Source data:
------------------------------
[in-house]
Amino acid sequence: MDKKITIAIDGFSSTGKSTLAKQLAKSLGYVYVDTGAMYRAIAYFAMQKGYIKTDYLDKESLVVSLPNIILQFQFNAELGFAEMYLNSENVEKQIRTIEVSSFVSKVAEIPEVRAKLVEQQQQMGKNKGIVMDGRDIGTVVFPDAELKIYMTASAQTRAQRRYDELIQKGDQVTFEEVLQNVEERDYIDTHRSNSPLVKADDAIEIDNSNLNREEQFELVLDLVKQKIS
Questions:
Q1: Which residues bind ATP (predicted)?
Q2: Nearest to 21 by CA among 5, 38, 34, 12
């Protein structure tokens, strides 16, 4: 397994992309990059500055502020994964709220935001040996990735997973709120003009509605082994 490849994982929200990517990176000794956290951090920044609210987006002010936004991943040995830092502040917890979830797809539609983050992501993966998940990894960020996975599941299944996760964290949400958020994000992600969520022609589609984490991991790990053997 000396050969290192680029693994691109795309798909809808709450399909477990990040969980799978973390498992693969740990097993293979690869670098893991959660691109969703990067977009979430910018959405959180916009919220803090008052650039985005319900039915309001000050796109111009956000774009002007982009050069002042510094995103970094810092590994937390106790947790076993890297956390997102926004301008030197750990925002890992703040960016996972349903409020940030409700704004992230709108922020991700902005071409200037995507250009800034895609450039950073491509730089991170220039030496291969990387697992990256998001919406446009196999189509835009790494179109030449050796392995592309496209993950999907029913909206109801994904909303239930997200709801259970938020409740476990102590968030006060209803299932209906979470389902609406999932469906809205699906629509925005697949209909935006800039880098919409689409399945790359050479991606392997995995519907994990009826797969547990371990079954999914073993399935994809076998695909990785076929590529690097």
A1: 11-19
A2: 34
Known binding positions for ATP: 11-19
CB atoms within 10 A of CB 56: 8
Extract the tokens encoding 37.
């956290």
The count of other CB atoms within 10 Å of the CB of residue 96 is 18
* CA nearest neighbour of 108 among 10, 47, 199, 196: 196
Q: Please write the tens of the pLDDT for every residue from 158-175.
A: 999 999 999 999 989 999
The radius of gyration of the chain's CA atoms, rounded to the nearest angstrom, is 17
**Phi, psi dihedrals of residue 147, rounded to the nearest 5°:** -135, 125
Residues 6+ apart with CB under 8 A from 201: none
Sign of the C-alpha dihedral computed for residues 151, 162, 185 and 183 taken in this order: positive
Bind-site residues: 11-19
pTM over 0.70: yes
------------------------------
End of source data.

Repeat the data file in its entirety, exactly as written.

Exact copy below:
[in-house]
Amino acid sequence: MDKKITIAIDGFSSTGKSTLAKQLAKSLGYVYVDTGAMYRAIAYFAMQKGYIKTDYLDKESLVVSLPNIILQFQFNAELGFAEMYLNSENVEKQIRTIEVSSFVSKVAEIPEVRAKLVEQQQQMGKNKGIVMDGRDIGTVVFPDAELKIYMTASAQTRAQRRYDELIQKGDQVTFEEVLQNVEERDYIDTHRSNSPLVKADDAIEIDNSNLNREEQFELVLDLVKQKIS
Questions:
Q1: Which residues bind ATP (predicted)?
Q2: Nearest to 21 by CA among 5, 38, 34, 12
């Protein structure tokens, strides 16, 4: 397994992309990059500055502020994964709220935001040996990735997973709120003009509605082994 490849994982929200990517990176000794956290951090920044609210987006002010936004991943040995830092502040917890979830797809539609983050992501993966998940990894960020996975599941299944996760964290949400958020994000992600969520022609589609984490991991790990053997 000396050969290192680029693994691109795309798909809808709450399909477990990040969980799978973390498992693969740990097993293979690869670098893991959660691109969703990067977009979430910018959405959180916009919220803090008052650039985005319900039915309001000050796109111009956000774009002007982009050069002042510094995103970094810092590994937390106790947790076993890297956390997102926004301008030197750990925002890992703040960016996972349903409020940030409700704004992230709108922020991700902005071409200037995507250009800034895609450039950073491509730089991170220039030496291969990387697992990256998001919406446009196999189509835009790494179109030449050796392995592309496209993950999907029913909206109801994904909303239930997200709801259970938020409740476990102590968030006060209803299932209906979470389902609406999932469906809205699906629509925005697949209909935006800039880098919409689409399945790359050479991606392997995995519907994990009826797969547990371990079954999914073993399935994809076998695909990785076929590529690097």
A1: 11-19
A2: 34
Known binding positions for ATP: 11-19
CB atoms within 10 A of CB 56: 8
Extract the tokens encoding 37.
């956290």
The count of other CB atoms within 10 Å of the CB of residue 96 is 18
* CA nearest neighbour of 108 among 10, 47, 199, 196: 196
Q: Please write the tens of the pLDDT for every residue from 158-175.
A: 999 999 999 999 989 999
The radius of gyration of the chain's CA atoms, rounded to the nearest angstrom, is 17
**Phi, psi dihedrals of residue 147, rounded to the nearest 5°:** -135, 125
Residues 6+ apart with CB under 8 A from 201: none
Sign of the C-alpha dihedral computed for residues 151, 162, 185 and 183 taken in this order: positive
Bind-site residues: 11-19
pTM over 0.70: yes